Turkish President Recep Tayyip Erdogan gave investors a taste of just how quickly local politics can undo their investment strategies.
In three days this week, the lira wiped out almost all of the gains achieved in the past two months as markets reacted to a deepening rift between Erdogan and Prime Minister Ahmet Davutoglu that’s set to end with the premier leaving his job later this month. Government bonds plunged and the nation’s main stock index has suffered the worst losses worldwide.
The latest political convulsions have reignited concern that Turkey’s democratic institutions lack the power to resist Erdogan’s bid to expand his powers, which subsided after elections last year gave the AK Party from which he hailed a smaller majority than he would need to change the constitution. Burak Demircioglu at Istanbul-based Burgan Yatirim Menkul Degerler said further political upsets threaten to set off “very harsh” market reaction.
“I think spasms like that will become more frequent,” Luis Costa, Citigroup Inc.’s London-based chief strategist for eastern Europe, the Middle East and Africa, said in comments before the conclusion of a meeting between the two leaders late on Wednesday. “It is going to be a hot summer in Turkey.”
Costa said if the lira drops toward 3 per dollar, this may trigger a selloff in shorter-dated Turkish debt, though he retains a position in two-year bonds. The currency slid 3.3 percent to 2.9469 per dollar by 10:22 p.m. in Istanbul, extending losses after a person familiar with the matter said the AK Party will hold a leadership contest within 15 days, and the premier won’t be a candidate.
The political row revolves around efforts by Erdogan, who previously served as prime minister for more than a decade until 2014, to transform the once largely ceremonial post of national president to a position with real executive clout. Davutoglu has been caught in increasingly frequent clashes with Erdogan to assert his authority, and last week was stripped by the AK Party of the power to name local branch heads.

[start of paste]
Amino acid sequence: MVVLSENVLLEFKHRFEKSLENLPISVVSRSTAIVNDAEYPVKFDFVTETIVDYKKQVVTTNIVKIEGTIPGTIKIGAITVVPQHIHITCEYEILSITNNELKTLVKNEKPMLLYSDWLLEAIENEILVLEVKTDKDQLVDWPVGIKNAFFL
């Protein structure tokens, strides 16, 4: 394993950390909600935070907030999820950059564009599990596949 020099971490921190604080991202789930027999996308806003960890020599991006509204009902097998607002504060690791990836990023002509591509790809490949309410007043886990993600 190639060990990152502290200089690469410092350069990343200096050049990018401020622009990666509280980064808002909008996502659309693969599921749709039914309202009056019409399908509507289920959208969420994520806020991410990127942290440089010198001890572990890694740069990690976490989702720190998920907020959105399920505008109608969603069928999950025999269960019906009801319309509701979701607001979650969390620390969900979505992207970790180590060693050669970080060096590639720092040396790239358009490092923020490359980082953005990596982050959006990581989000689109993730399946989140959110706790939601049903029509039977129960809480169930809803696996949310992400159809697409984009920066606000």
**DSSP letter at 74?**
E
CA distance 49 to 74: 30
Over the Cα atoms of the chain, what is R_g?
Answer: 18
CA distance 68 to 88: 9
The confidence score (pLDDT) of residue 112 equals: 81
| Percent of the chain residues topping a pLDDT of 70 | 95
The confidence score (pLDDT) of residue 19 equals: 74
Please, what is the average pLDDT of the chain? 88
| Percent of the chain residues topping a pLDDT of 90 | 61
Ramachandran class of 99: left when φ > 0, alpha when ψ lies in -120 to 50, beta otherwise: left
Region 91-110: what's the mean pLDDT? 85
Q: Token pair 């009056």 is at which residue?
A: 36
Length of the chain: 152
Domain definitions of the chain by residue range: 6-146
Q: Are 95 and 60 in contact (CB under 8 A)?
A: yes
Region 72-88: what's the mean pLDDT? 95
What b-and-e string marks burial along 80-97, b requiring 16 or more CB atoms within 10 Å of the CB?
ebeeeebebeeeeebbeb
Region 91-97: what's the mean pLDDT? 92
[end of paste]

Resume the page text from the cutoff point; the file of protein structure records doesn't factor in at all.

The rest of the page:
“It’s a very tenuous situation under Erdogan, given his much more authoritarian style,” said Sacha Tihanyi, a senior emerging-market strategist at TD Securities in New York. Market volatility on Wednesday “shows just how vulnerable positioning is,” he said.
Rising domestic tensions are exerting pressure on Turkish markets just as bearishness toward developing nations mounts as investors brace for tighter U.S. monetary policy. Two Federal Reserve policy makers this week raised the possibility of an interest-rate hike at their meeting next month.
Wagers that the Fed would delay tightening were among the key drivers of a rally that sent the lira to an eight-month high and Turkish bond yields to an 11-month low last month. Rising U.S. borrowing costs imply better returns on dollar-denominated assets and temper the appeal of riskier developing nations.
While markets will open weaker on Thursday, “longer term, the consolidation of power could mean that things that needed to be done in Turkey and were not done before because of the power struggle will actually be done,” said Tim Ghriskey, who helps oversee $1.5 billion as managing director and chief investment officer at Solaris Asset Management. “I don’t expect a longer-term selloff.”
Even after the rout this week, Turkish local-currency bonds have handed investors returns of 11 percent in 2016 through Tuesday, more than double the average for a Bloomberg benchmark of emerging-market government bonds.
Turkey is particularly susceptible to swings in investor appetite because its current-account deficit, which economists project will widen to 4.5 percent of economic output this year, makes it reliant on capital inflows. The country was able to narrow the gap in the past two years as plunging oil prices reduced its import bill, although crude has recovered about 60 percent since touching a 12-year low in January.
The political strife is undermining confidence in Turkey’s $720 billion economy at a time when investors are also concerned by an escalating conflict with Kurdish rebels and attacks by Islamic State militants. This week’s selloff in Turkish bonds was the steepest among developing nations, with yields on 10-year securities rising 39 basis points to 9.63 percent.
“Real risks to stability” such as growing dissent within the ruling party or the prime minister stepping down may prompt a reaction that’s “a lot harsher than what we’ve seen so far,” according to Burgan Yatirim’s Demircioglu. “Up until now, the stability was seen as a given.”